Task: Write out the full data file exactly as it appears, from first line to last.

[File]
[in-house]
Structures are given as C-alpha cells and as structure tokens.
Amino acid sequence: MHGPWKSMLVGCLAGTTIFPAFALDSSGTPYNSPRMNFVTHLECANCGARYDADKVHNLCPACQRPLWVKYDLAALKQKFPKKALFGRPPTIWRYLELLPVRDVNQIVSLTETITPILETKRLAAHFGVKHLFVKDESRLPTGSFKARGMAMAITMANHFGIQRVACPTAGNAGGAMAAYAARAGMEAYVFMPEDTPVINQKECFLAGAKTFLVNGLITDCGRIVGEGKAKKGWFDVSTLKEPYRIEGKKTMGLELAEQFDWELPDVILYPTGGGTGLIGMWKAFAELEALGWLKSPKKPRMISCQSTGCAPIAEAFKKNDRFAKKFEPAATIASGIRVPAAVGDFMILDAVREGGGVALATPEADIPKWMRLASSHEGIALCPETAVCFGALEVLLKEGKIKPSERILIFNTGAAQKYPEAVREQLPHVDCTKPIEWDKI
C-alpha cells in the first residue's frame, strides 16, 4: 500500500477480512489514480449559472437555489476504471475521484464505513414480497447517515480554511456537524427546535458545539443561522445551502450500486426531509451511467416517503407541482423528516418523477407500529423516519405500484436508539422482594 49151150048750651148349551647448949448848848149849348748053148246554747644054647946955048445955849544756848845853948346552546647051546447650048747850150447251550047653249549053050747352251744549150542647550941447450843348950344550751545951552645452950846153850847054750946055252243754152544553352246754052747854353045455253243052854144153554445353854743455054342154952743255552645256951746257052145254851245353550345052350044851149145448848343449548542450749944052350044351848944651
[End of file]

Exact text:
[in-house]
Structures are given as C-alpha cells and as structure tokens.
Amino acid sequence: MHGPWKSMLVGCLAGTTIFPAFALDSSGTPYNSPRMNFVTHLECANCGARYDADKVHNLCPACQRPLWVKYDLAALKQKFPKKALFGRPPTIWRYLELLPVRDVNQIVSLTETITPILETKRLAAHFGVKHLFVKDESRLPTGSFKARGMAMAITMANHFGIQRVACPTAGNAGGAMAAYAARAGMEAYVFMPEDTPVINQKECFLAGAKTFLVNGLITDCGRIVGEGKAKKGWFDVSTLKEPYRIEGKKTMGLELAEQFDWELPDVILYPTGGGTGLIGMWKAFAELEALGWLKSPKKPRMISCQSTGCAPIAEAFKKNDRFAKKFEPAATIASGIRVPAAVGDFMILDAVREGGGVALATPEADIPKWMRLASSHEGIALCPETAVCFGALEVLLKEGKIKPSERILIFNTGAAQKYPEAVREQLPHVDCTKPIEWDKI
C-alpha cells in the first residue's frame, strides 16, 4: 500500500477480512489514480449559472437555489476504471475521484464505513414480497447517515480554511456537524427546535458545539443561522445551502450500486426531509451511467416517503407541482423528516418523477407500529423516519405500484436508539422482594 49151150048750651148349551647448949448848848149849348748053148246554747644054647946955048445955849544756848845853948346552546647051546447650048747850150447251550047653249549053050747352251744549150542647550941447450843348950344550751545951552645452950846153850847054750946055252243754152544553352246754052747854353045455253243052854144153554445353854743455054342154952743255552645256951746257052145254851245353550345052350044851149145448848343449548542450749944052350044351848944651